I wrote the notes for this poem on my father’s bed during the wee hours of the night, pen in one hand and his fingers curled around the other. Writing is the best way I know to process emotions and pass through challenging times. It helps me arrange my thoughts and get to the heart of what I’m experiencing. When I arrive at what I feel is a finished poem, essay, or story, I feel a great sense of peace about what has transpired. Continue reading
Kallie ignored the grasping hands and contorted faces as she hurried down the corridor, grateful for the level-three biosafety gear that insulated her from their misery. To them, she was another hooded white suit with goggles and mask. To her, they were overwhelming. Continue reading
I greeted the day with my habitual morning meditation—reaffirming my commitment to the path of enlightenment; acknowledging and atoning for my own misuse and misdirected actions, words, and thoughts; activating energy points throughout my body; and centering my spirit for a calm mind and focused intent.
And then I prayed… Continue reading
Yay for May with flower leis, mommy love, and special days…
For Spring and breath, reflection and life,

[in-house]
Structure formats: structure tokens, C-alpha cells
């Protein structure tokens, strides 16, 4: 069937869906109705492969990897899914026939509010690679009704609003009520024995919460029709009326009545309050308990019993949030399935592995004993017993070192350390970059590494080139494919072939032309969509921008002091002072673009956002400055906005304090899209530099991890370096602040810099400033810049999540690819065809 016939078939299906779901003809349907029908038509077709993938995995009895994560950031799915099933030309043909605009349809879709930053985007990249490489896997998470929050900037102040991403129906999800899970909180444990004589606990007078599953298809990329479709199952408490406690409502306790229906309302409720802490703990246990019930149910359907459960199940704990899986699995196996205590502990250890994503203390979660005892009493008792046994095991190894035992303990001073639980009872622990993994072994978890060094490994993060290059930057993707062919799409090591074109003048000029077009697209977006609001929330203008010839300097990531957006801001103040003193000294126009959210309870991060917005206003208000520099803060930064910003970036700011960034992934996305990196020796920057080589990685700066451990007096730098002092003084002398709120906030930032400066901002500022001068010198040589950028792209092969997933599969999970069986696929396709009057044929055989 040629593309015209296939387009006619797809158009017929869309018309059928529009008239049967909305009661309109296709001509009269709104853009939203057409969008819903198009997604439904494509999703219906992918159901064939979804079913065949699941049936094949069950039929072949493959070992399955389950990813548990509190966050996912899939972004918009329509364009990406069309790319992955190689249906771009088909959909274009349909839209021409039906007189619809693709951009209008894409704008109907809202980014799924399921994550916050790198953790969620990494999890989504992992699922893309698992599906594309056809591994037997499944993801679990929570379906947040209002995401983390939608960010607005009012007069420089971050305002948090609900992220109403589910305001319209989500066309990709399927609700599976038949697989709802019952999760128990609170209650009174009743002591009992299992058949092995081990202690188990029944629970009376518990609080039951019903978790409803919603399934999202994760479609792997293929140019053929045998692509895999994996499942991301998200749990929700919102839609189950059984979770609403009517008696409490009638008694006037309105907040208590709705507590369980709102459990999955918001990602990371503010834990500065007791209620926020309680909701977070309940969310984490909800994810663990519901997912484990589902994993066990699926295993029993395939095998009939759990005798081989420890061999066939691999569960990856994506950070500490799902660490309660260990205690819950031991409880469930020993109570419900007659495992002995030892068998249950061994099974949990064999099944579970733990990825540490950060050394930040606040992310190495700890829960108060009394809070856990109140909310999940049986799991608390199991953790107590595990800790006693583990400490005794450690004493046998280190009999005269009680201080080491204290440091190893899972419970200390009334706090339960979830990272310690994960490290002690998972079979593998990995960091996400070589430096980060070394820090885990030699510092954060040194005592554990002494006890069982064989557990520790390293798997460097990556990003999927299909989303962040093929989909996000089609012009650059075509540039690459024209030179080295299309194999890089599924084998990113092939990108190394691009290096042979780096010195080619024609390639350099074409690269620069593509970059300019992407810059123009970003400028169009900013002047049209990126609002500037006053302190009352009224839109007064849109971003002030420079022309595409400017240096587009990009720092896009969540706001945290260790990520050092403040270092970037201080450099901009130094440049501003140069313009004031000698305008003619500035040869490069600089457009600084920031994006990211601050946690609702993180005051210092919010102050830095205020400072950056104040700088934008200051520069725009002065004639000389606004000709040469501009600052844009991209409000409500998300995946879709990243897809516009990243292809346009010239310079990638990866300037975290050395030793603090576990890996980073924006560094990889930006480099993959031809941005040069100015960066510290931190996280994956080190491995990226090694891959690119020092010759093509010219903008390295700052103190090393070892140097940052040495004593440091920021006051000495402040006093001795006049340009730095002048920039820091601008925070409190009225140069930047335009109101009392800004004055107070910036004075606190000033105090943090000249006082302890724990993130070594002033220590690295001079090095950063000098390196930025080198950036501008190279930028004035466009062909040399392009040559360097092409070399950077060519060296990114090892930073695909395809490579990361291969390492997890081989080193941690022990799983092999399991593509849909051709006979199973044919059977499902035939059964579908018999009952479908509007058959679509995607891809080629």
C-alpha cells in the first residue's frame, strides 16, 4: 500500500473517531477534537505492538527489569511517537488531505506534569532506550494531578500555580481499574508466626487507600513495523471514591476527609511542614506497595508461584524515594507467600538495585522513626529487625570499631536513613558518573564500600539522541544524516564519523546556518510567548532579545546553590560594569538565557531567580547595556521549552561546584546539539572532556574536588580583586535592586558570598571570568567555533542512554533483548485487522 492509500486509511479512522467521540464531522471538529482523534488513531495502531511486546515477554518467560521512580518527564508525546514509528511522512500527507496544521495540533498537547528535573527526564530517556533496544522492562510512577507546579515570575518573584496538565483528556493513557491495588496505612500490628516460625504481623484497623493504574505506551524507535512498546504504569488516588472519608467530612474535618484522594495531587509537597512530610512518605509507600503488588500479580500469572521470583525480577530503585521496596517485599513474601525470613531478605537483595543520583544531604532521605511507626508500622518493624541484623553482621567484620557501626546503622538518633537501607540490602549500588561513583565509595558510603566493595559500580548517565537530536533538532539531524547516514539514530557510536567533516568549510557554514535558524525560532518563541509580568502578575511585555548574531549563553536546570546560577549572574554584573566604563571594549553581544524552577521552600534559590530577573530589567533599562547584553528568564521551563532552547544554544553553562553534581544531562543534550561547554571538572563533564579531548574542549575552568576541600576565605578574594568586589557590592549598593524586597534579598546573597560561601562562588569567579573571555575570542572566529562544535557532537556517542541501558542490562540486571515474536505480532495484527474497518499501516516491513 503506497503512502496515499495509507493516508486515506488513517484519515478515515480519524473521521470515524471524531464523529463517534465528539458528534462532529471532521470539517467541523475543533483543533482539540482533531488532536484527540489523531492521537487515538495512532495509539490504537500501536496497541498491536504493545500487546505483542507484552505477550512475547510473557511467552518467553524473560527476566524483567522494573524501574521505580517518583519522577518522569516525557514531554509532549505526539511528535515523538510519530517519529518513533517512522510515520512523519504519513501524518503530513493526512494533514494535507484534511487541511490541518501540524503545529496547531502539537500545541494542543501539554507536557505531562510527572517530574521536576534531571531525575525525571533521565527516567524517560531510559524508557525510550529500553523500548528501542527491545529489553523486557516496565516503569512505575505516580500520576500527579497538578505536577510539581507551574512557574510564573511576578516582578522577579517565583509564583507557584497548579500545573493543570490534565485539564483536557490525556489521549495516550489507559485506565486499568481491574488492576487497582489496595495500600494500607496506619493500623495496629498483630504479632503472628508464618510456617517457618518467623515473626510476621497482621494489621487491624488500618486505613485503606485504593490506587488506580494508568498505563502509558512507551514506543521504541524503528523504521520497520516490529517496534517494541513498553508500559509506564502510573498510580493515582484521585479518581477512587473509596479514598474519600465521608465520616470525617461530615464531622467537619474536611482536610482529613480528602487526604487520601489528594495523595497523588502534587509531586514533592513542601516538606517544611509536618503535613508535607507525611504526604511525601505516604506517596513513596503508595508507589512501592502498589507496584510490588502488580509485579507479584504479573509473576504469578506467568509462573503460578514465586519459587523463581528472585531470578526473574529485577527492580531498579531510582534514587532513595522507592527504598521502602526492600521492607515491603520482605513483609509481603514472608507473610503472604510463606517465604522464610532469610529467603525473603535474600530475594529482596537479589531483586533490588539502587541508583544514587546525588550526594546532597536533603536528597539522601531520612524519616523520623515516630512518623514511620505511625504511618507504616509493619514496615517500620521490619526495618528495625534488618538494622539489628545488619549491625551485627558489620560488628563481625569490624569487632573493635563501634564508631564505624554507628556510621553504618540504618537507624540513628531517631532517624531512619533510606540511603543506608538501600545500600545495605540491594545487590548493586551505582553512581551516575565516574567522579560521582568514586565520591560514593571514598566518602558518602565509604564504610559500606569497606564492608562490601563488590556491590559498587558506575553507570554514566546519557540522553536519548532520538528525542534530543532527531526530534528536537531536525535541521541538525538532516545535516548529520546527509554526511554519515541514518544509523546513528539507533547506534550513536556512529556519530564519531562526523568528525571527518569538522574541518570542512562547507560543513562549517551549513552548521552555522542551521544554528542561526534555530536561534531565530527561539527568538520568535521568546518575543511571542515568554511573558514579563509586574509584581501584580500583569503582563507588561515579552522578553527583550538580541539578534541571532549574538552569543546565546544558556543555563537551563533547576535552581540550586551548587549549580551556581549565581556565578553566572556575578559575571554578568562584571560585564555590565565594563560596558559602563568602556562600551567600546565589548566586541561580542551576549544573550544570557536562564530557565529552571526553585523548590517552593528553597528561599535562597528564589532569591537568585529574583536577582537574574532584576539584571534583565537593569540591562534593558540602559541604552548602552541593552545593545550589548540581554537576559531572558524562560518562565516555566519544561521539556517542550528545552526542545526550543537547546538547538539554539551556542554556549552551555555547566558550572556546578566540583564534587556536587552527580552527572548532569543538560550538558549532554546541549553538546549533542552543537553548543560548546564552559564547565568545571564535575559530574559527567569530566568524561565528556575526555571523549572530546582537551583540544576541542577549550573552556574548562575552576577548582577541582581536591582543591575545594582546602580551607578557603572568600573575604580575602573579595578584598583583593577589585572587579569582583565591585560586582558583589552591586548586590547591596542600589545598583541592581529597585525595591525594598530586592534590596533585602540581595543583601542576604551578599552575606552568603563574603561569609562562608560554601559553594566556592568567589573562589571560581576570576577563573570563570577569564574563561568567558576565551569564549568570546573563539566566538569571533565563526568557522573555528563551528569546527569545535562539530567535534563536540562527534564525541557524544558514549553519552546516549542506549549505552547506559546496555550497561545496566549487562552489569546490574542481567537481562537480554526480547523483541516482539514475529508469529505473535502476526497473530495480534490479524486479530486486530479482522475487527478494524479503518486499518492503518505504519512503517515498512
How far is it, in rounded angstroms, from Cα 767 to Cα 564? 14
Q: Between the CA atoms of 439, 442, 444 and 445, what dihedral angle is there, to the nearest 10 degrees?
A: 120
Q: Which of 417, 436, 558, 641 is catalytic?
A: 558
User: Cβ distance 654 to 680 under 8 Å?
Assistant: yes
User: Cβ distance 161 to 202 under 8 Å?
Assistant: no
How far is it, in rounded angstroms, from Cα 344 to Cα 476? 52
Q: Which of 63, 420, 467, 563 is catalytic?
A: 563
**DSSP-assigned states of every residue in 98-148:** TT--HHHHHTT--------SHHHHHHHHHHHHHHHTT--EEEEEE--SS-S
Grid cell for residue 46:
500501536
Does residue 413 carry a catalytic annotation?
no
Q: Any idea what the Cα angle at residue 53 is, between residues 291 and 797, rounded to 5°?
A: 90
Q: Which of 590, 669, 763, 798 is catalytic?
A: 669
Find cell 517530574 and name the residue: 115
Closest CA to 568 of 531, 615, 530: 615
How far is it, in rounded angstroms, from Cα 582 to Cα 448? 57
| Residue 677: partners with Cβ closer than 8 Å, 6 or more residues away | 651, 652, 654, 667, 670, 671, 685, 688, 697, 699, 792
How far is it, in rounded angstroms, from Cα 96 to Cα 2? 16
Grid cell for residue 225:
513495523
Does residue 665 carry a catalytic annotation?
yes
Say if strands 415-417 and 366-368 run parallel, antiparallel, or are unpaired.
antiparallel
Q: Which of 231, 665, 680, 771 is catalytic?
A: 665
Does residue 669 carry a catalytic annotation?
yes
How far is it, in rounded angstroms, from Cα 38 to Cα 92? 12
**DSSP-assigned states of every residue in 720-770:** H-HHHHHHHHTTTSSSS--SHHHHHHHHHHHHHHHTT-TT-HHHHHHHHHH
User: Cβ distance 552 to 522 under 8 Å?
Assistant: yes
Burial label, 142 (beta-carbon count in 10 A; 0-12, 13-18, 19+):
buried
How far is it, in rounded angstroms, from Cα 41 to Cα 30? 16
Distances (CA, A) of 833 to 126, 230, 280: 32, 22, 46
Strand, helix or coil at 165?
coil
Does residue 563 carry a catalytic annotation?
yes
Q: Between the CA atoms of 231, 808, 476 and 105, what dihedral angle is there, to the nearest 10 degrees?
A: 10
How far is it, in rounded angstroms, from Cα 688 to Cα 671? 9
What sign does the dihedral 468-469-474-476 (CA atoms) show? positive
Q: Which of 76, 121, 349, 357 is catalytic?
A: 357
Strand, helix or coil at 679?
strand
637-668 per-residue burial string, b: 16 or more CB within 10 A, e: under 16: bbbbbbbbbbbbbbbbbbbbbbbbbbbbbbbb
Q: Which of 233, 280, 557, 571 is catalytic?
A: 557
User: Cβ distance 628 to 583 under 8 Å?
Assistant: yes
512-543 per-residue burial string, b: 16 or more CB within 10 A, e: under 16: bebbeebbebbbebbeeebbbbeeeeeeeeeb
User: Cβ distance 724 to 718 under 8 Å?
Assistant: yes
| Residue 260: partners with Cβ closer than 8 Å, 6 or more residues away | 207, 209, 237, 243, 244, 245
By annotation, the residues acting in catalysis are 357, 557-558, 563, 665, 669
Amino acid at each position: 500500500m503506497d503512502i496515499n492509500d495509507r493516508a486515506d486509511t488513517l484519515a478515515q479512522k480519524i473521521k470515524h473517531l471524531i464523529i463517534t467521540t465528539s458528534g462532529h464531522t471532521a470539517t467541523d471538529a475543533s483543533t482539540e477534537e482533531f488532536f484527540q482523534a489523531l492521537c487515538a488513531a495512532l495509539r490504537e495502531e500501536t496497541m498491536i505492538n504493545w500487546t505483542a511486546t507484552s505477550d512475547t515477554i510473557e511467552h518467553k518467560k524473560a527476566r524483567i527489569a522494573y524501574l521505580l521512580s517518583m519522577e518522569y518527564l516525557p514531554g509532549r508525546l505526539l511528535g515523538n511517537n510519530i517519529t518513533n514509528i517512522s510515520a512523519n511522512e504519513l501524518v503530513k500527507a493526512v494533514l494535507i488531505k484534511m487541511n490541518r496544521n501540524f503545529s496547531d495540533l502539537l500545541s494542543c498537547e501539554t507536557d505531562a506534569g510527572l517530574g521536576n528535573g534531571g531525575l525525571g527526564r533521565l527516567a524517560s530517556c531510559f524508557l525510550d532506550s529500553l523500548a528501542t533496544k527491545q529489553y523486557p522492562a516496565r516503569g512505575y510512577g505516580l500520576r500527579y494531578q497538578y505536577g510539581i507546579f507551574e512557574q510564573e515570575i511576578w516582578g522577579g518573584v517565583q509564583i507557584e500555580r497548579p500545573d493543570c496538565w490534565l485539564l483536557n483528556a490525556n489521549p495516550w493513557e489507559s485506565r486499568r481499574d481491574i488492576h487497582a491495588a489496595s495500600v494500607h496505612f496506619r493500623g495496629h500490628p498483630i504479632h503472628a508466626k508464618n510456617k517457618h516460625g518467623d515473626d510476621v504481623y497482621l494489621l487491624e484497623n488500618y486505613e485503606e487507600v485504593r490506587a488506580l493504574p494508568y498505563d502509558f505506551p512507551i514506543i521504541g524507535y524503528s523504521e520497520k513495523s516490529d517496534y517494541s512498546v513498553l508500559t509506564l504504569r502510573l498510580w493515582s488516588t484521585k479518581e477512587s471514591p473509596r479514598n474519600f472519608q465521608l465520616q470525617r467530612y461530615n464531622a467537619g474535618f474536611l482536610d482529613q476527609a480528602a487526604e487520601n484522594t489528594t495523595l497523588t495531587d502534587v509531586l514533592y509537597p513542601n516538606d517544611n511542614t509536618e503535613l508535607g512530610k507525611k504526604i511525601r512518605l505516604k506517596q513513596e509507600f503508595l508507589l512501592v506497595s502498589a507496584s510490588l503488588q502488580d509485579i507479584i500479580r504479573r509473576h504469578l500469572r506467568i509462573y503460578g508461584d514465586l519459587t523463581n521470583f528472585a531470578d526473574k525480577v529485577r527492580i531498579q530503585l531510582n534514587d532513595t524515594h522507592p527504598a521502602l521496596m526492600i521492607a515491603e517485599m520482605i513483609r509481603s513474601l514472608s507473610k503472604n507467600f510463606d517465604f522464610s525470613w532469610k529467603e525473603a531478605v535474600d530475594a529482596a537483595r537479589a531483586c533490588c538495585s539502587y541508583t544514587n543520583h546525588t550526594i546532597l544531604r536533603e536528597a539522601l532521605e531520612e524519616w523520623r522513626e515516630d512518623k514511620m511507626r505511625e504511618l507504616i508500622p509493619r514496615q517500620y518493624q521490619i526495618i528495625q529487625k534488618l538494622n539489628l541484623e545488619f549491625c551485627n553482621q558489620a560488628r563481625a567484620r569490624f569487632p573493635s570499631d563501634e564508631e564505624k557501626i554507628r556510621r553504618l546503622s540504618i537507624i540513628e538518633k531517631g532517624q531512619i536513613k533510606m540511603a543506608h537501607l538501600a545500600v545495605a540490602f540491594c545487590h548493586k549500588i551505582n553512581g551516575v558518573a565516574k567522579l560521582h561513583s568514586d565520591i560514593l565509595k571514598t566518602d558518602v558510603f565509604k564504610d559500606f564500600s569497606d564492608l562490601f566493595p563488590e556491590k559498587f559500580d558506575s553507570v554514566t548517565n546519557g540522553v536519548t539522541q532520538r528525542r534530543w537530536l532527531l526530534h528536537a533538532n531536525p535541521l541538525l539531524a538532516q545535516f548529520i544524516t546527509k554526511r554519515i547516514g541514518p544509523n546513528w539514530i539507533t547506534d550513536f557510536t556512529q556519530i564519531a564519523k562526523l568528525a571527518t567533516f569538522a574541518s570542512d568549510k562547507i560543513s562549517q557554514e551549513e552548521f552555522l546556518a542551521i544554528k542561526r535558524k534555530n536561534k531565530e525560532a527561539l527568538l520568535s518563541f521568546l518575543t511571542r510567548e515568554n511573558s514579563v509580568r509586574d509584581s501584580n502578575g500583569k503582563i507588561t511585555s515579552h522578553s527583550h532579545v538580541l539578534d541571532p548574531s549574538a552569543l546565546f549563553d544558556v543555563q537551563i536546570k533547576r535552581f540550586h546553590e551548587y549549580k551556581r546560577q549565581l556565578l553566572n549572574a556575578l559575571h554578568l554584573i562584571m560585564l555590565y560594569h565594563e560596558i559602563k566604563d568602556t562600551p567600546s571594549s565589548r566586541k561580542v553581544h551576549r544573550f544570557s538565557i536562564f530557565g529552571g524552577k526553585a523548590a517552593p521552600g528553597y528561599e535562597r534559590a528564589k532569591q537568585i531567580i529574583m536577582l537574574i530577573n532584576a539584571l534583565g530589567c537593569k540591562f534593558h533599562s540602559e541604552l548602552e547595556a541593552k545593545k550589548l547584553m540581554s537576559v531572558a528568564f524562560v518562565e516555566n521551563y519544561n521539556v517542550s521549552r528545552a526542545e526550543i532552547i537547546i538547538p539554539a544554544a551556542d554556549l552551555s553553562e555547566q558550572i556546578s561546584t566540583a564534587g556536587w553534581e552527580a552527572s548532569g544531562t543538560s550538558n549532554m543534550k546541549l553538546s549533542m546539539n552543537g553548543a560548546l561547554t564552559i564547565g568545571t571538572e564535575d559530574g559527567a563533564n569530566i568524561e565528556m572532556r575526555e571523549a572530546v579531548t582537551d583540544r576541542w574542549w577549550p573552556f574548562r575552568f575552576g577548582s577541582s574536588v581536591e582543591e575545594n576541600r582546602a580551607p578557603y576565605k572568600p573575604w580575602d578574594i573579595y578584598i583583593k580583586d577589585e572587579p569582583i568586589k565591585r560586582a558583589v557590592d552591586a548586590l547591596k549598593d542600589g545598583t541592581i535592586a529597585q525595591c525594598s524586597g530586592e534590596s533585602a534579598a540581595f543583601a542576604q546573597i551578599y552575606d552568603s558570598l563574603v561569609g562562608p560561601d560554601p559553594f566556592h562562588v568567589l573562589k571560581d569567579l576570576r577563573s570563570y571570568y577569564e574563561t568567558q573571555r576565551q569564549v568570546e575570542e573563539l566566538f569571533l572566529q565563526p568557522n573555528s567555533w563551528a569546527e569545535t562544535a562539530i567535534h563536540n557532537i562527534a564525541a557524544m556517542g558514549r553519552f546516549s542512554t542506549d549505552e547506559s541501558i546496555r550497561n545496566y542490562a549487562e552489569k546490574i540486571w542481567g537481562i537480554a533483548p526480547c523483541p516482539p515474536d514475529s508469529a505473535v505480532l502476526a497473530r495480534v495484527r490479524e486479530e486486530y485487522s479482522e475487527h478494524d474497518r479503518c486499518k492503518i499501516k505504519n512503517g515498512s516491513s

To start anew and shed the strife,
For all the hope our hearts envelop,
And goals our minds and guts develop
Hurray for May! I say with glee,
to all of you from all of me. Continue reading
In an ideal world, family relationships are such that parents care for their children and, after time, those children grow up wanting to care for their parents. This isn’t always the case. Some relationships are too toxic to continue or too fractured to recover. Sometimes distance, severe infirmity, or financial strain stand in the way between what the heart wants and what can actually be accomplished. However, when all else aligns, a child’s ability to payback love and care—in whatever capacity—is one of the greatest joys in life. Such has been, and continues to be, my experience. Continue reading
“Mom, you’re moving too fast,” my eldest son said, as I chopped, scooped, and tossed a butcher knife full of veggies in a sizzling wok, nearly slicing my wandering husband in the process.
I froze, mid-step, in the center of my narrow kitchen and assessed the scene. Sure enough, I had been zipping like The Flash from one cooking station to another in frantic dash to get my gourmet dinner on a perfectly set table before any of the seven courses dropped in temperature. However, as my son so accurately pointed out, I was not The Flash. No one is. Continue reading